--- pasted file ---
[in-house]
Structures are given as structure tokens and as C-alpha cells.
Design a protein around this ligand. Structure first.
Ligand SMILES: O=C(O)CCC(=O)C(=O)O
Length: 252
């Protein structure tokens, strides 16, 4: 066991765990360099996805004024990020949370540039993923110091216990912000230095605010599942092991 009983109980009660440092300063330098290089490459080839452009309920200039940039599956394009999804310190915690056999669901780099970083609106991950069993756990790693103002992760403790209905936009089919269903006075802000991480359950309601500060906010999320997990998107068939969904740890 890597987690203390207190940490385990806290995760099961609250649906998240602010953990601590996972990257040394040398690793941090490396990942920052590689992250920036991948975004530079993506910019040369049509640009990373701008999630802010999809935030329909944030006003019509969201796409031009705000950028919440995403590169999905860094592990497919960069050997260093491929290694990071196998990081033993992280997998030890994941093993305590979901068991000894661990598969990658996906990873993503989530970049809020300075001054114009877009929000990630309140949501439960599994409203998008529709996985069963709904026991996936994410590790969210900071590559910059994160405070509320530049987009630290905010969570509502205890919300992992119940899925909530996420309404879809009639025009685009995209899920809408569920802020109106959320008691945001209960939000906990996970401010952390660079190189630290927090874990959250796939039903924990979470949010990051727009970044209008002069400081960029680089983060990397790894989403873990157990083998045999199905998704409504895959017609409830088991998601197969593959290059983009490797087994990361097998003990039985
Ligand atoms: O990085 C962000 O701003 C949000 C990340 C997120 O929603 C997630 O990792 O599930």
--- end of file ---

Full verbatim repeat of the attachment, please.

[in-house]
Structures are given as structure tokens and as C-alpha cells.
Design a protein around this ligand. Structure first.
Ligand SMILES: O=C(O)CCC(=O)C(=O)O
Length: 252
């Protein structure tokens, strides 16, 4: 066991765990360099996805004024990020949370540039993923110091216990912000230095605010599942092991 009983109980009660440092300063330098290089490459080839452009309920200039940039599956394009999804310190915690056999669901780099970083609106991950069993756990790693103002992760403790209905936009089919269903006075802000991480359950309601500060906010999320997990998107068939969904740890 890597987690203390207190940490385990806290995760099961609250649906998240602010953990601590996972990257040394040398690793941090490396990942920052590689992250920036991948975004530079993506910019040369049509640009990373701008999630802010999809935030329909944030006003019509969201796409031009705000950028919440995403590169999905860094592990497919960069050997260093491929290694990071196998990081033993992280997998030890994941093993305590979901068991000894661990598969990658996906990873993503989530970049809020300075001054114009877009929000990630309140949501439960599994409203998008529709996985069963709904026991996936994410590790969210900071590559910059994160405070509320530049987009630290905010969570509502205890919300992992119940899925909530996420309404879809009639025009685009995209899920809408569920802020109106959320008691945001209960939000906990996970401010952390660079190189630290927090874990959250796939039903924990979470949010990051727009970044209008002069400081960029680089983060990397790894989403873990157990083998045999199905998704409504895959017609409830088991998601197969593959290059983009490797087994990361097998003990039985
Ligand atoms: O990085 C962000 O701003 C949000 C990340 C997120 O929603 C997630 O990792 O599930």